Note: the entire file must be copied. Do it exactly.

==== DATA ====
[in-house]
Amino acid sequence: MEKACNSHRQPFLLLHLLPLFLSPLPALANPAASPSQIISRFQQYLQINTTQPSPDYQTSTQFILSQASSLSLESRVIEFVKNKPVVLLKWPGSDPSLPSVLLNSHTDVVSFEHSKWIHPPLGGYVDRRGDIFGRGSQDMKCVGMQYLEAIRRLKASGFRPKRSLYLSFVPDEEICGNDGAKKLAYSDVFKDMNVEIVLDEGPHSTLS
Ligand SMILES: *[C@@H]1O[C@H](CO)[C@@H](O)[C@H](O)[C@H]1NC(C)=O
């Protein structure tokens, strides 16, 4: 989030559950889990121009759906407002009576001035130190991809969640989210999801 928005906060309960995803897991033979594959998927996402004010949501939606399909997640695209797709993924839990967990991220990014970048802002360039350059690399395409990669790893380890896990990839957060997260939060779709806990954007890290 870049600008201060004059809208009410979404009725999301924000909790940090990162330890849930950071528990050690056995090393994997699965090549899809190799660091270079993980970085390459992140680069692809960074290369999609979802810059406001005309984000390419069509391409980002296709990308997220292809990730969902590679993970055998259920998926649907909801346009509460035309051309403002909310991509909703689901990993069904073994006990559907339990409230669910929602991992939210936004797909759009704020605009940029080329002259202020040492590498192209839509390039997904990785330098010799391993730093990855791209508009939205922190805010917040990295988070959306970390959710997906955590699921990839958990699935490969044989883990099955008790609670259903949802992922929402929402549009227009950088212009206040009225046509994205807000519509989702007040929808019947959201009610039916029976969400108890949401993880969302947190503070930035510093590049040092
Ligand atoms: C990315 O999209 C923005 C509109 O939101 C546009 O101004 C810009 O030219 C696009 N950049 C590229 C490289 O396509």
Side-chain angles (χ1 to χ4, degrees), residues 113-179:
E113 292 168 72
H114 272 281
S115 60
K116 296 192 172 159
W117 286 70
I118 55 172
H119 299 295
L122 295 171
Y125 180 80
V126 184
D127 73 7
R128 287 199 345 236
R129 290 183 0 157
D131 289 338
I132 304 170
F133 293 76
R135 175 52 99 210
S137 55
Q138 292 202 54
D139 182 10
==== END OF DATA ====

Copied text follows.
[in-house]
Amino acid sequence: MEKACNSHRQPFLLLHLLPLFLSPLPALANPAASPSQIISRFQQYLQINTTQPSPDYQTSTQFILSQASSLSLESRVIEFVKNKPVVLLKWPGSDPSLPSVLLNSHTDVVSFEHSKWIHPPLGGYVDRRGDIFGRGSQDMKCVGMQYLEAIRRLKASGFRPKRSLYLSFVPDEEICGNDGAKKLAYSDVFKDMNVEIVLDEGPHSTLS
Ligand SMILES: *[C@@H]1O[C@H](CO)[C@@H](O)[C@H](O)[C@H]1NC(C)=O
């Protein structure tokens, strides 16, 4: 989030559950889990121009759906407002009576001035130190991809969640989210999801 928005906060309960995803897991033979594959998927996402004010949501939606399909997640695209797709993924839990967990991220990014970048802002360039350059690399395409990669790893380890896990990839957060997260939060779709806990954007890290 870049600008201060004059809208009410979404009725999301924000909790940090990162330890849930950071528990050690056995090393994997699965090549899809190799660091270079993980970085390459992140680069692809960074290369999609979802810059406001005309984000390419069509391409980002296709990308997220292809990730969902590679993970055998259920998926649907909801346009509460035309051309403002909310991509909703689901990993069904073994006990559907339990409230669910929602991992939210936004797909759009704020605009940029080329002259202020040492590498192209839509390039997904990785330098010799391993730093990855791209508009939205922190805010917040990295988070959306970390959710997906955590699921990839958990699935490969044989883990099955008790609670259903949802992922929402929402549009227009950088212009206040009225046509994205807000519509989702007040929808019947959201009610039916029976969400108890949401993880969302947190503070930035510093590049040092
Ligand atoms: C990315 O999209 C923005 C509109 O939101 C546009 O101004 C810009 O030219 C696009 N950049 C590229 C490289 O396509």
Side-chain angles (χ1 to χ4, degrees), residues 113-179:
E113 292 168 72
H114 272 281
S115 60
K116 296 192 172 159
W117 286 70
I118 55 172
H119 299 295
L122 295 171
Y125 180 80
V126 184
D127 73 7
R128 287 199 345 236
R129 290 183 0 157
D131 289 338
I132 304 170
F133 293 76
R135 175 52 99 210
S137 55
Q138 292 202 54
D139 182 10